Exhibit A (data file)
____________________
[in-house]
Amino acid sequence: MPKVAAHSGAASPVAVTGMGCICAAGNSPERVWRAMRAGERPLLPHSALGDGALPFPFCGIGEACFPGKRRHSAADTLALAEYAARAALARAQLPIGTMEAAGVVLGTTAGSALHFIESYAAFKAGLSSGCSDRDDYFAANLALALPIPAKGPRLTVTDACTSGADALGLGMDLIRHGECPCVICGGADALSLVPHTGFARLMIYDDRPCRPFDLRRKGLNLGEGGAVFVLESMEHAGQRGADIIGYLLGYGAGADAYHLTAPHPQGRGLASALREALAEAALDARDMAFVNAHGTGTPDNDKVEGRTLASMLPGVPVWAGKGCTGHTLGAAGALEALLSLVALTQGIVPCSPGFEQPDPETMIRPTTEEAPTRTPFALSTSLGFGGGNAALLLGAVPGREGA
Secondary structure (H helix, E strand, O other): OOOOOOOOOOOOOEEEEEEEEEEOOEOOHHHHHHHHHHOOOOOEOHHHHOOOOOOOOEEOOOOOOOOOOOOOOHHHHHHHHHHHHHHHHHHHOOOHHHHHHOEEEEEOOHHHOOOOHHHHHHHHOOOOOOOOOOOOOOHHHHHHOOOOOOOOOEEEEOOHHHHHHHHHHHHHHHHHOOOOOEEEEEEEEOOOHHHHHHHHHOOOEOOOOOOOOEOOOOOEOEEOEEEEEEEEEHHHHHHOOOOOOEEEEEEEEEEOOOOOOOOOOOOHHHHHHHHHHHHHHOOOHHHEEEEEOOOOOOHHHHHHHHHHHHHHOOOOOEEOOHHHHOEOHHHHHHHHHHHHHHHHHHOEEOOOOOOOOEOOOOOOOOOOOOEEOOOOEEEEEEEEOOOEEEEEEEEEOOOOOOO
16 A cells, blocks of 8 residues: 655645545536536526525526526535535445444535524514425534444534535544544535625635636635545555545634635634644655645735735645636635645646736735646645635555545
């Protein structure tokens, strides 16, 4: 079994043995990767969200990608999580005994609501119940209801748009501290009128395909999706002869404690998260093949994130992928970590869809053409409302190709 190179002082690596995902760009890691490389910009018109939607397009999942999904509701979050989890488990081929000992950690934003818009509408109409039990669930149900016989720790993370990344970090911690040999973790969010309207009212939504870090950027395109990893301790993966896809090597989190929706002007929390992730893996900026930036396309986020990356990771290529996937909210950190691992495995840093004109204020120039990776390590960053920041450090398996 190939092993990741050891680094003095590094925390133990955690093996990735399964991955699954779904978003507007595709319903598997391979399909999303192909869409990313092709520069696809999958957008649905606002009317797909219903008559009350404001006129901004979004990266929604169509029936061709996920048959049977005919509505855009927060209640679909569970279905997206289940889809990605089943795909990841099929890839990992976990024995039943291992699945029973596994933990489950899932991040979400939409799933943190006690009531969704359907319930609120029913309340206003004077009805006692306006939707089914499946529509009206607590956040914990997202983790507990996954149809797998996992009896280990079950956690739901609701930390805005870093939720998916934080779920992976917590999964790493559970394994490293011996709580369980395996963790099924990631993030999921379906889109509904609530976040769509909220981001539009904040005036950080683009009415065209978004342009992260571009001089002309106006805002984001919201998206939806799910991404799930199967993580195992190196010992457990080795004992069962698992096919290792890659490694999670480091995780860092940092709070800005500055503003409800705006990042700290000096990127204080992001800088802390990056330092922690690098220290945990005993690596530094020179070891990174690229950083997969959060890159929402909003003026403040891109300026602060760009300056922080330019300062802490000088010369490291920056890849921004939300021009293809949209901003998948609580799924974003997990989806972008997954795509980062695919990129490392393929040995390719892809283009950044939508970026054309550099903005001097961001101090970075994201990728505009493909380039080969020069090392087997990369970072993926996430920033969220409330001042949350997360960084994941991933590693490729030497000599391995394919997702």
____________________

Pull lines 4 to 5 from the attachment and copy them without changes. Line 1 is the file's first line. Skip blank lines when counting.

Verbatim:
16 A cells, blocks of 8 residues: 655645545536536526525526526535535445444535524514425534444534535544544535625635636635545555545634635634644655645735735645636635645646736735646645635555545
């Protein structure tokens, strides 16, 4: 079994043995990767969200990608999580005994609501119940209801748009501290009128395909999706002869404690998260093949994130992928970590869809053409409302190709 190179002082690596995902760009890691490389910009018109939607397009999942999904509701979050989890488990081929000992950690934003818009509408109409039990669930149900016989720790993370990344970090911690040999973790969010309207009212939504870090950027395109990893301790993966896809090597989190929706002007929390992730893996900026930036396309986020990356990771290529996937909210950190691992495995840093004109204020120039990776390590960053920041450090398996 190939092993990741050891680094003095590094925390133990955690093996990735399964991955699954779904978003507007595709319903598997391979399909999303192909869409990313092709520069696809999958957008649905606002009317797909219903008559009350404001006129901004979004990266929604169509029936061709996920048959049977005919509505855009927060209640679909569970279905997206289940889809990605089943795909990841099929890839990992976990024995039943291992699945029973596994933990489950899932991040979400939409799933943190006690009531969704359907319930609120029913309340206003004077009805006692306006939707089914499946529509009206607590956040914990997202983790507990996954149809797998996992009896280990079950956690739901609701930390805005870093939720998916934080779920992976917590999964790493559970394994490293011996709580369980395996963790099924990631993030999921379906889109509904609530976040769509909220981001539009904040005036950080683009009415065209978004342009992260571009001089002309106006805002984001919201998206939806799910991404799930199967993580195992190196010992457990080795004992069962698992096919290792890659490694999670480091995780860092940092709070800005500055503003409800705006990042700290000096990127204080992001800088802390990056330092922690690098220290945990005993690596530094020179070891990174690229950083997969959060890159929402909003003026403040891109300026602060760009300056922080330019300062802490000088010369490291920056890849921004939300021009293809949209901003998948609580799924974003997990989806972008997954795509980062695919990129490392393929040995390719892809283009950044939508970026054309550099903005001097961001101090970075994201990728505009493909380039080969020069090392087997990369970072993926996430920033969220409330001042949350997360960084994941991933590693490729030497000599391995394919997702």